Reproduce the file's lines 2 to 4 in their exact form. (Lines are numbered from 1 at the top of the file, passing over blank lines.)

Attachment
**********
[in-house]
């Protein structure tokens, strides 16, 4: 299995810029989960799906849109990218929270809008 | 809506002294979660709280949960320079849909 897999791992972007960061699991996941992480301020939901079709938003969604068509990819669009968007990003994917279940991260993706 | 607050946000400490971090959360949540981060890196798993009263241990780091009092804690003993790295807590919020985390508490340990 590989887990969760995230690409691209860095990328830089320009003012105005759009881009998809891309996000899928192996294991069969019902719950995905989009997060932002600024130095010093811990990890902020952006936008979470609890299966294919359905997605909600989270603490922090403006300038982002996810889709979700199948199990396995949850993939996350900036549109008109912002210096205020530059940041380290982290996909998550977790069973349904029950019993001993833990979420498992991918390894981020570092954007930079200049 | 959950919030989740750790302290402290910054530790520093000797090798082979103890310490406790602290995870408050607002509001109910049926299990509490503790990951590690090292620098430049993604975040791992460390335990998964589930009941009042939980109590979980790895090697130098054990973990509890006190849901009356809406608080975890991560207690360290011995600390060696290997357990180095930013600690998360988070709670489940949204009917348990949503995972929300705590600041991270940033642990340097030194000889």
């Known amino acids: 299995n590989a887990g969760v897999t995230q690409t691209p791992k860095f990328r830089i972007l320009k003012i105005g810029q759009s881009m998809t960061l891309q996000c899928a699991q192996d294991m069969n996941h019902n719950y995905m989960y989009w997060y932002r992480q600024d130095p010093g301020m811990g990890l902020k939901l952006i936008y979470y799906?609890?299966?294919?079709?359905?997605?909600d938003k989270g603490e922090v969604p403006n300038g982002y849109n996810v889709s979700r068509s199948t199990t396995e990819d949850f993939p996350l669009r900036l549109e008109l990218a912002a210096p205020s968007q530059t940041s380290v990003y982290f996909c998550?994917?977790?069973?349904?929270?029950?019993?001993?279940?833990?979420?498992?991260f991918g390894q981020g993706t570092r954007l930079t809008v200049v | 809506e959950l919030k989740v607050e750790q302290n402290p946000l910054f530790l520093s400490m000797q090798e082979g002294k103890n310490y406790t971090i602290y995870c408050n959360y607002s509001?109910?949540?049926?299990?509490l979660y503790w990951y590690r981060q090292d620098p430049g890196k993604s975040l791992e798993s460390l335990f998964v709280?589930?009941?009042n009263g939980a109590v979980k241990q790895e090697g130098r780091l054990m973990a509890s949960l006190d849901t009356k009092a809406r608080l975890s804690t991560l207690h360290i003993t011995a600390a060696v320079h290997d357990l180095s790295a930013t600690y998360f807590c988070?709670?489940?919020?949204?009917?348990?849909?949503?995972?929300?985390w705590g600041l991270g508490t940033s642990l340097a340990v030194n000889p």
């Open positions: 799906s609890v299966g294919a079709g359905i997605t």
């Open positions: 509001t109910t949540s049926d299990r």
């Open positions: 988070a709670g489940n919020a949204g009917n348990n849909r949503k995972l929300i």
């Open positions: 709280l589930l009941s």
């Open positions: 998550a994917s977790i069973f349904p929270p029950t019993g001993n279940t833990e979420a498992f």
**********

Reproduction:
């Protein structure tokens, strides 16, 4: 299995810029989960799906849109990218929270809008 | 809506002294979660709280949960320079849909 897999791992972007960061699991996941992480301020939901079709938003969604068509990819669009968007990003994917279940991260993706 | 607050946000400490971090959360949540981060890196798993009263241990780091009092804690003993790295807590919020985390508490340990 590989887990969760995230690409691209860095990328830089320009003012105005759009881009998809891309996000899928192996294991069969019902719950995905989009997060932002600024130095010093811990990890902020952006936008979470609890299966294919359905997605909600989270603490922090403006300038982002996810889709979700199948199990396995949850993939996350900036549109008109912002210096205020530059940041380290982290996909998550977790069973349904029950019993001993833990979420498992991918390894981020570092954007930079200049 | 959950919030989740750790302290402290910054530790520093000797090798082979103890310490406790602290995870408050607002509001109910049926299990509490503790990951590690090292620098430049993604975040791992460390335990998964589930009941009042939980109590979980790895090697130098054990973990509890006190849901009356809406608080975890991560207690360290011995600390060696290997357990180095930013600690998360988070709670489940949204009917348990949503995972929300705590600041991270940033642990340097030194000889």
């Known amino acids: 299995n590989a887990g969760v897999t995230q690409t691209p791992k860095f990328r830089i972007l320009k003012i105005g810029q759009s881009m998809t960061l891309q996000c899928a699991q192996d294991m069969n996941h019902n719950y995905m989960y989009w997060y932002r992480q600024d130095p010093g301020m811990g990890l902020k939901l952006i936008y979470y799906?609890?299966?294919?079709?359905?997605?909600d938003k989270g603490e922090v969604p403006n300038g982002y849109n996810v889709s979700r068509s199948t199990t396995e990819d949850f993939p996350l669009r900036l549109e008109l990218a912002a210096p205020s968007q530059t940041s380290v990003y982290f996909c998550?994917?977790?069973?349904?929270?029950?019993?001993?279940?833990?979420?498992?991260f991918g390894q981020g993706t570092r954007l930079t809008v200049v | 809506e959950l919030k989740v607050e750790q302290n402290p946000l910054f530790l520093s400490m000797q090798e082979g002294k103890n310490y406790t971090i602290y995870c408050n959360y607002s509001?109910?949540?049926?299990?509490l979660y503790w990951y590690r981060q090292d620098p430049g890196k993604s975040l791992e798993s460390l335990f998964v709280?589930?009941?009042n009263g939980a109590v979980k241990q790895e090697g130098r780091l054990m973990a509890s949960l006190d849901t009356k009092a809406r608080l975890s804690t991560l207690h360290i003993t011995a600390a060696v320079h290997d357990l180095s790295a930013t600690y998360f807590c988070?709670?489940?919020?949204?009917?348990?849909?949503?995972?929300?985390w705590g600041l991270g508490t940033s642990l340097a340990v030194n000889p």
């Open positions: 799906s609890v299966g294919a079709g359905i997605t």